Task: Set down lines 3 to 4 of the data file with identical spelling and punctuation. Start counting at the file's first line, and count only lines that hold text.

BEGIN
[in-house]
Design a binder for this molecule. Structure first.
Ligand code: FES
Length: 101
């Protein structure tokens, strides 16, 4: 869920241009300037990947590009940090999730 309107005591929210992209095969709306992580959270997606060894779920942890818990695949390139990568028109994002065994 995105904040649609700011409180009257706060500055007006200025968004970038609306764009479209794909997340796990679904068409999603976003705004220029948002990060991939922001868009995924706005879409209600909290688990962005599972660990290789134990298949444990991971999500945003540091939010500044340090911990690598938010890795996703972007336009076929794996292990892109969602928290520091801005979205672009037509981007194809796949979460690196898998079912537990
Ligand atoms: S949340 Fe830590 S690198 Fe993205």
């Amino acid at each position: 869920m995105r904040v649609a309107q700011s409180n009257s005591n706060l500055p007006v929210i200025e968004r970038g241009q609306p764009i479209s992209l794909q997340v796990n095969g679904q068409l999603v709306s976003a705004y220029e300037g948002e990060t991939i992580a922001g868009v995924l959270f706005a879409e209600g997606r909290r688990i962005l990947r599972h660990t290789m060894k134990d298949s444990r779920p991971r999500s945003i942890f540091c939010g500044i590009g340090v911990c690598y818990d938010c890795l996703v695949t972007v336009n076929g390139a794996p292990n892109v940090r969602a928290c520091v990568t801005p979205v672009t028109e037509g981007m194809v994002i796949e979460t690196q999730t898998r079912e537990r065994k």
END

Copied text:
Ligand code: FES
Length: 101